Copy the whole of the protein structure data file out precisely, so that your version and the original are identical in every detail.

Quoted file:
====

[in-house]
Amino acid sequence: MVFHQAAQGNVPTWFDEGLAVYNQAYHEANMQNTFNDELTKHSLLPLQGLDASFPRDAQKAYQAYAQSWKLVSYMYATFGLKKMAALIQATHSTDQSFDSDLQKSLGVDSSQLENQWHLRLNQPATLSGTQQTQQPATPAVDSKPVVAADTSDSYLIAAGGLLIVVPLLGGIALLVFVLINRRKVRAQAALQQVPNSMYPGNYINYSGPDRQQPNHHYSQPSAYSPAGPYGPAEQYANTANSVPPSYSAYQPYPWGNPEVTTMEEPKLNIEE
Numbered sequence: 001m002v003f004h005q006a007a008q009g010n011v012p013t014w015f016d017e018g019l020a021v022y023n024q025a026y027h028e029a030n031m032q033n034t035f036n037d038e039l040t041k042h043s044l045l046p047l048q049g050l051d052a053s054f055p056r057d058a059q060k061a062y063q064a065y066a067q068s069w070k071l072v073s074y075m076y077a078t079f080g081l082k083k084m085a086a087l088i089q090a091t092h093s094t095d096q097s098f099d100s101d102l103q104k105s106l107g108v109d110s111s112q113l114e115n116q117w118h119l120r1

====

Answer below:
[in-house]
Amino acid sequence: MVFHQAAQGNVPTWFDEGLAVYNQAYHEANMQNTFNDELTKHSLLPLQGLDASFPRDAQKAYQAYAQSWKLVSYMYATFGLKKMAALIQATHSTDQSFDSDLQKSLGVDSSQLENQWHLRLNQPATLSGTQQTQQPATPAVDSKPVVAADTSDSYLIAAGGLLIVVPLLGGIALLVFVLINRRKVRAQAALQQVPNSMYPGNYINYSGPDRQQPNHHYSQPSAYSPAGPYGPAEQYANTANSVPPSYSAYQPYPWGNPEVTTMEEPKLNIEE
Numbered sequence: 001m002v003f004h005q006a007a008q009g010n011v012p013t014w015f016d017e018g019l020a021v022y023n024q025a026y027h028e029a030n031m032q033n034t035f036n037d038e039l040t041k042h043s044l045l046p047l048q049g050l051d052a053s054f055p056r057d058a059q060k061a062y063q064a065y066a067q068s069w070k071l072v073s074y075m076y077a078t079f080g081l082k083k084m085a086a087l088i089q090a091t092h093s094t095d096q097s098f099d100s101d102l103q104k105s106l107g108v109d110s111s112q113l114e115n116q117w118h119l120r1